January 2018: Religious Minorities in Asia


by Fr Chris Chatteris SJ

Pope’s Prayer intention:

“Religious Minorities in Asia. That Christians, and other religious minorities in Asian countries, may be able to practise their faith in full freedom.”

There are clearly some problem countries that Pope Francis has in mind. The forced expulsion of the Muslim Rohingya minority from Myanmar would be one. His diplomatically difficult visit to both Myanmar and Bangladesh last year, was a courageous gesture of solidarity with a minority which seemed to have been left defenceless.

North Korea, where any form of faith other than atheism is suppressed, would be another place where religions, any religions really, are marginalised and actively persecuted by an atheistic state led by a rather bizarre and insecure young dictator.

Nor should we should forget the overwhelmingly Catholic Philippines where there is a substantial Muslim minority, some of whom say that they want more political autonomy. Not that the Philippines is quite in the same category of dictatorship as North Korea, even though the present strongman, Mr Duterte, is hardly a strong supporter of human rights or Catholic social teaching!

What these complicated Asian situations underline is that everyone is a minority somewhere and a majority somewhere else. Hindus are a minority in Pakistan even though they are an overwhelming majority in India. Buddhists are a minority in India, even though they are in the majority in Myanmar. Christians are a minority in all Asian countries except in the Philippines.

One would think, therefore, that because organised religions in Asia all feel the burden of oppression where they are minorities, they would be more sensitive to other minorities where they are a majority. Often it is not so unfortunately. There is a human tendency to take out our vicissitudes of minority status in one place by pushing around other minorities in places where we are a majority. A lesson all faiths everywhere have to learn is how not to be bullies where they are strong and secure. We need to get together and agree that we will uphold and protect each other’s rights across the geographical board.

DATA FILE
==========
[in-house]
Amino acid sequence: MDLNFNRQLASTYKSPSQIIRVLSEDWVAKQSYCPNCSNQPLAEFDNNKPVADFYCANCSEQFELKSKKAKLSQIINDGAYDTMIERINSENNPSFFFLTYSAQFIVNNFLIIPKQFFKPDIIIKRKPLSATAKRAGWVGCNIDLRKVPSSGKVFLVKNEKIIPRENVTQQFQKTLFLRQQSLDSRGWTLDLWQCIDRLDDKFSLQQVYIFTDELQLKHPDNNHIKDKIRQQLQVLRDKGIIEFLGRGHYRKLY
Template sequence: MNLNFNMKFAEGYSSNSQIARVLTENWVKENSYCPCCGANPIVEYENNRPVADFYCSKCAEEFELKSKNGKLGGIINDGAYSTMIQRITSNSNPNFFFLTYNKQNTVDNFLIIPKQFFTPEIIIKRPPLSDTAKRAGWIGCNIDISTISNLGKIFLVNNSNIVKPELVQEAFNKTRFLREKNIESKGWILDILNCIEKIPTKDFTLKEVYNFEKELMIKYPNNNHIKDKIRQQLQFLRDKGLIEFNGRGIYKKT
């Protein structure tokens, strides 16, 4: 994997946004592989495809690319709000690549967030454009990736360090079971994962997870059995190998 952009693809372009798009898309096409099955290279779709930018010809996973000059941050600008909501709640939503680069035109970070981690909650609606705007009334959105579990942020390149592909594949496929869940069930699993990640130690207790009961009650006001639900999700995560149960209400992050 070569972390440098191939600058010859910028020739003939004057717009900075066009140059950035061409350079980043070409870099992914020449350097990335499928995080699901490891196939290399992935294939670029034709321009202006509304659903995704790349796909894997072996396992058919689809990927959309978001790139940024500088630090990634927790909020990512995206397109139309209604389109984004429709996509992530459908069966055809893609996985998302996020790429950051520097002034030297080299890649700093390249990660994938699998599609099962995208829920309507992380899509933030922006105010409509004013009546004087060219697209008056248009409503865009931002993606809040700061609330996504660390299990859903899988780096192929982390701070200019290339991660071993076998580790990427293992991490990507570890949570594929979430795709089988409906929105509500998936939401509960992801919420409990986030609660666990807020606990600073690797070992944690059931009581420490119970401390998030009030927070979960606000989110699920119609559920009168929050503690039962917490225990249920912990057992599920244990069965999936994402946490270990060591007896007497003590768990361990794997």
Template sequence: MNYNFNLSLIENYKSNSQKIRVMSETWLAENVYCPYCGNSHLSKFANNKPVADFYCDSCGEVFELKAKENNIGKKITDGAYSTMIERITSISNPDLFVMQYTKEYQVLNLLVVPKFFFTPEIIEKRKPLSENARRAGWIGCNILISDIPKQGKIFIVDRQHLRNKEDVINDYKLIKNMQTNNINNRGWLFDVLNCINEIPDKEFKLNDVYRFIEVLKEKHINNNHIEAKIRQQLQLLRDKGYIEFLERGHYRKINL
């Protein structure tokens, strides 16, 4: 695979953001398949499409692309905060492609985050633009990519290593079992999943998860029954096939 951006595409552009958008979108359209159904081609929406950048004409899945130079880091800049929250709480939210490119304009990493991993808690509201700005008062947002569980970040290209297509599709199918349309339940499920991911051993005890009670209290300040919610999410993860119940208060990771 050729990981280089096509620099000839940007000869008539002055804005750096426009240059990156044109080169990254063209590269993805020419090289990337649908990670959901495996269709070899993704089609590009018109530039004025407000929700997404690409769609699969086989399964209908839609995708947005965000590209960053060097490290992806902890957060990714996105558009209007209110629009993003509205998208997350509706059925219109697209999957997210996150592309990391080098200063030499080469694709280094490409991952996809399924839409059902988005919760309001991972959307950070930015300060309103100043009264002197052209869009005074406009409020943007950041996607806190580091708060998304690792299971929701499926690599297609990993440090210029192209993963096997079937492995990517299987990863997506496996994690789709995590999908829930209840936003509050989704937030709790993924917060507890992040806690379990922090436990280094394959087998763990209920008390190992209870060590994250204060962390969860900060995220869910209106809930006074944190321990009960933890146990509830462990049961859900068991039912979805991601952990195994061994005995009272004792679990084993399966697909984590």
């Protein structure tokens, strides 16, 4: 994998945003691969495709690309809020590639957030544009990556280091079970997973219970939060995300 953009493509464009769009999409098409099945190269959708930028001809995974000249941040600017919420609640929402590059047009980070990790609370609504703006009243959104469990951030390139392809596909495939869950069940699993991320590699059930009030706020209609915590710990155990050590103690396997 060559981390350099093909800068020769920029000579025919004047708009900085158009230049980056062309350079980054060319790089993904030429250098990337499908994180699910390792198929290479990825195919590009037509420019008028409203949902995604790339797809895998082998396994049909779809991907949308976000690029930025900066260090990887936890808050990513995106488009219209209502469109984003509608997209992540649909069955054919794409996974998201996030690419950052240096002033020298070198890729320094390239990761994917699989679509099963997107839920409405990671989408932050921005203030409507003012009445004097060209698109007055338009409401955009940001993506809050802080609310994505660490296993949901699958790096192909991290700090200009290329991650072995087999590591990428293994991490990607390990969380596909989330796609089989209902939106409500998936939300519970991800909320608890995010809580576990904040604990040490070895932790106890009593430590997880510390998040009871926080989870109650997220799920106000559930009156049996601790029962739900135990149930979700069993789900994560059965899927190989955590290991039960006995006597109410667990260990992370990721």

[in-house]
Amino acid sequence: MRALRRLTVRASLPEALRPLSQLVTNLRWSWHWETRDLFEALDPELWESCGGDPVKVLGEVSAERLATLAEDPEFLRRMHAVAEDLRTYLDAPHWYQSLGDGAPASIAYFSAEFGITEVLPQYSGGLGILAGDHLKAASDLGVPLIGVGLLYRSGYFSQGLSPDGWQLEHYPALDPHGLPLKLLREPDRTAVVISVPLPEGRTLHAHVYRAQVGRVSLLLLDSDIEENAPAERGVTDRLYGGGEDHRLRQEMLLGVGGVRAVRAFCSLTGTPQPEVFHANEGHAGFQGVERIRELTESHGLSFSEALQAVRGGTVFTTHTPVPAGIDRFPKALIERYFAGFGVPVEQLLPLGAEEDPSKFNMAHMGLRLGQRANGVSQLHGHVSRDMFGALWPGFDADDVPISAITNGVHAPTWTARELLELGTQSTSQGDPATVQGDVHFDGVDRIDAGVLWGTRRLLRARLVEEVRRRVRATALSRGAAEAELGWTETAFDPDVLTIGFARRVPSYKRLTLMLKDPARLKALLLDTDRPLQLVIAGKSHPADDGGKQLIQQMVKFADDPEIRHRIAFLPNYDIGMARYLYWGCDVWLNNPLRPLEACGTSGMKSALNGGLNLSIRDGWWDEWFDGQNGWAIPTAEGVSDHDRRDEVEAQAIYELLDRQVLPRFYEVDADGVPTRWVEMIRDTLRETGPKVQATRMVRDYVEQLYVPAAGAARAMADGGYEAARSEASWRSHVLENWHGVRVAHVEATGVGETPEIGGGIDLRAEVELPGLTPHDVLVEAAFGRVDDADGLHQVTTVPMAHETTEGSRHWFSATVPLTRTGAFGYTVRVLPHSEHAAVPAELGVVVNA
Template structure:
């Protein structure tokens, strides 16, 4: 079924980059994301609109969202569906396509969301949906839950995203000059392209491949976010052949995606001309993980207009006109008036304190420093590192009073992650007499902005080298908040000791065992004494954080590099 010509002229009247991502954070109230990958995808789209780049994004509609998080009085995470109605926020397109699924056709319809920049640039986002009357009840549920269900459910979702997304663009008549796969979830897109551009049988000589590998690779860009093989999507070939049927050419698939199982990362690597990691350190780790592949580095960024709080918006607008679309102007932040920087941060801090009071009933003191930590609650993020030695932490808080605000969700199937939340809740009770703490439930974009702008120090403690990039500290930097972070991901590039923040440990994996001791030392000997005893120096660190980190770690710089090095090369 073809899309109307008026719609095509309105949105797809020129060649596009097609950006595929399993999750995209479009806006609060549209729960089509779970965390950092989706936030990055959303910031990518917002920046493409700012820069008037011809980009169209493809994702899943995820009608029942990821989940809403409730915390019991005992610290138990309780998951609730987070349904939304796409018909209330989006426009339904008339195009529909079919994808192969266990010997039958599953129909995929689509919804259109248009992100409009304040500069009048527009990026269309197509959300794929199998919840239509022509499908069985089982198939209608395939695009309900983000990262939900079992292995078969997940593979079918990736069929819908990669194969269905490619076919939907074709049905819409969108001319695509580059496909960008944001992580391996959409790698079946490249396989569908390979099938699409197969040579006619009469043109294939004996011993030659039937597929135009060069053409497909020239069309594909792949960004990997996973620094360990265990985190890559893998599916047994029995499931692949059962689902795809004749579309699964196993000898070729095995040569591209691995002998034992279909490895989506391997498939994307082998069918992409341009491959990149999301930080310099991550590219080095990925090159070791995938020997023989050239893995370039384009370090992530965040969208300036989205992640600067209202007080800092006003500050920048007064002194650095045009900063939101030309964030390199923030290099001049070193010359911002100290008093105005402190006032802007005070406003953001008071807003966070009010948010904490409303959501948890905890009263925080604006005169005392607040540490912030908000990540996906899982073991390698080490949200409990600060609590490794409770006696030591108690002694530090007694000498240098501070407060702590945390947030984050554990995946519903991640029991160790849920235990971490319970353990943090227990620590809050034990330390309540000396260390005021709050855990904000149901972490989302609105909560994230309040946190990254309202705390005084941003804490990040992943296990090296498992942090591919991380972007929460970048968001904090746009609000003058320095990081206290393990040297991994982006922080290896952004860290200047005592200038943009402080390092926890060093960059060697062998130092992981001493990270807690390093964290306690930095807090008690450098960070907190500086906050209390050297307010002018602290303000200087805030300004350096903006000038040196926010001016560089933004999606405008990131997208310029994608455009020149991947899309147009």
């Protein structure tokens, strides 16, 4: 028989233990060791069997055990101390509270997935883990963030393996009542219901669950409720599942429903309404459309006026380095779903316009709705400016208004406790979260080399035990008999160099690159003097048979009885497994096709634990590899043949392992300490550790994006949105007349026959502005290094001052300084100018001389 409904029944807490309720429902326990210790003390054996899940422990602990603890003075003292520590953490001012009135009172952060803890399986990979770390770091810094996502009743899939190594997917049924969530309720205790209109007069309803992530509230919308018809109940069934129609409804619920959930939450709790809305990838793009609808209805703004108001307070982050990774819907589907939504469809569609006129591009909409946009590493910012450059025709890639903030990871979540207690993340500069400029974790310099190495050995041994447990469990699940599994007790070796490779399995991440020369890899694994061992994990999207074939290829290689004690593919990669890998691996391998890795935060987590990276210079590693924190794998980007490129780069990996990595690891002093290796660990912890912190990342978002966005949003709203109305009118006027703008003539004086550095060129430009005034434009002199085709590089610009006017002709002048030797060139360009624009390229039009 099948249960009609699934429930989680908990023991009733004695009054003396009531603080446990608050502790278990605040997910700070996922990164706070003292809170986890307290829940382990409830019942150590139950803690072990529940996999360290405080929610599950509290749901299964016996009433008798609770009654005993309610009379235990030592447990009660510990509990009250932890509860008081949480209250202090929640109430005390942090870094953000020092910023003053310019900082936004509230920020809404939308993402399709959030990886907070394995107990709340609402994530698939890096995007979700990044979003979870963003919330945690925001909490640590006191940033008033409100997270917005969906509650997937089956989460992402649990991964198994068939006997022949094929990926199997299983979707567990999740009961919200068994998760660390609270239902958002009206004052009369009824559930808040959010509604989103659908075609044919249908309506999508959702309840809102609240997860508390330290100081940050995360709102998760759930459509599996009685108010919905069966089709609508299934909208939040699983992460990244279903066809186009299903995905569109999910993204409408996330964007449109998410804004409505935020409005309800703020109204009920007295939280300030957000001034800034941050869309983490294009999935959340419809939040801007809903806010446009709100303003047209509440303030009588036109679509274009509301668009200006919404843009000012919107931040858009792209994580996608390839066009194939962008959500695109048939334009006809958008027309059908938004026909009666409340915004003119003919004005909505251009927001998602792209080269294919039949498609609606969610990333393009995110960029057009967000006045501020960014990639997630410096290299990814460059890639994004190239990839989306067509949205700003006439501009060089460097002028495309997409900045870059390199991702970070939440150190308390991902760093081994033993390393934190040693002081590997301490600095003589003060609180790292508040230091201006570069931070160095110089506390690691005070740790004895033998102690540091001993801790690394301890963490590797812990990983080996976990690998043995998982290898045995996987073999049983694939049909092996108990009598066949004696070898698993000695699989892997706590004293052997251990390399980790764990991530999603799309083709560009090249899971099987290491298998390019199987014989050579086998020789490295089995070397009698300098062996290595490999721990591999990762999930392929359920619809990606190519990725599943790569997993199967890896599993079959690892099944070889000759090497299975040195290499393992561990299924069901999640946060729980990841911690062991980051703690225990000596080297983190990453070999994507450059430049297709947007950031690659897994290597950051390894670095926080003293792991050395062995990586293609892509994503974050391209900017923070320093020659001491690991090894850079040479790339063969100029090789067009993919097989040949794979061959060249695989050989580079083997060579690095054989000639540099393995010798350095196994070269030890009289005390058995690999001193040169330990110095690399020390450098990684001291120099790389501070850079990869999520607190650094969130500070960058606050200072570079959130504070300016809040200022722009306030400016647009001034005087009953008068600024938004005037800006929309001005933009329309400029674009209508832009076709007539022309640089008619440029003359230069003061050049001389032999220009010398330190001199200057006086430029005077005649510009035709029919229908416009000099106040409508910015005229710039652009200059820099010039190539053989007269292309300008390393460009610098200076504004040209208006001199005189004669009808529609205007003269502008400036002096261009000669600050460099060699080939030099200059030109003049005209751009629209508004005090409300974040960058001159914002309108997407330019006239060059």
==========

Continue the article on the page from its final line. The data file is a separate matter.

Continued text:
It sounds simple but there are a couple of complications. Firstly, there are politicians, especially in this age of thug-like leaders, who are quite happy to exploit religious differences for their own political advantage. Here we believers have to show real greatness of soul and rise above the destructiveness and divisiveness of identity politics.

Secondly, there is the reality of competition. We must frankly acknowledge that competition is a fact of our religious faith. For some faiths, especially Christianity and Islam, adherents have the duty to bear witness to and spread our beliefs and way of life. It is part of our Christian Gospel that God has commissioned us to preach to the unconverted and bring in new believers and the same is true for Muslims. This puts us in competition with each other and it adds to the temptation to restrict the freedom of other faiths when they are in a minority and cry foul when we ourselves are restricted.

What our pluralistic religious world needs, therefore, is an agreement, tacit or formal, that all faiths have the freedom to propagate themselves within the limits of respect for human rights and the good order of society. We need rules for this competition.

We also need a kind of referee and in practice that referee will have to be the secular state. We may not like that very much, but it is probably the only reasonable referee we will get who will be able to prevent any ‘foul play’.

Of course, this means that, as believers, we will have to work out a positive theology of the secular state. The theological leap is to consider the possibility that God has the power to work through secular rulers. We can look to Isaiah and the startling reflection on how God was at work through the Persian imperial rulers.



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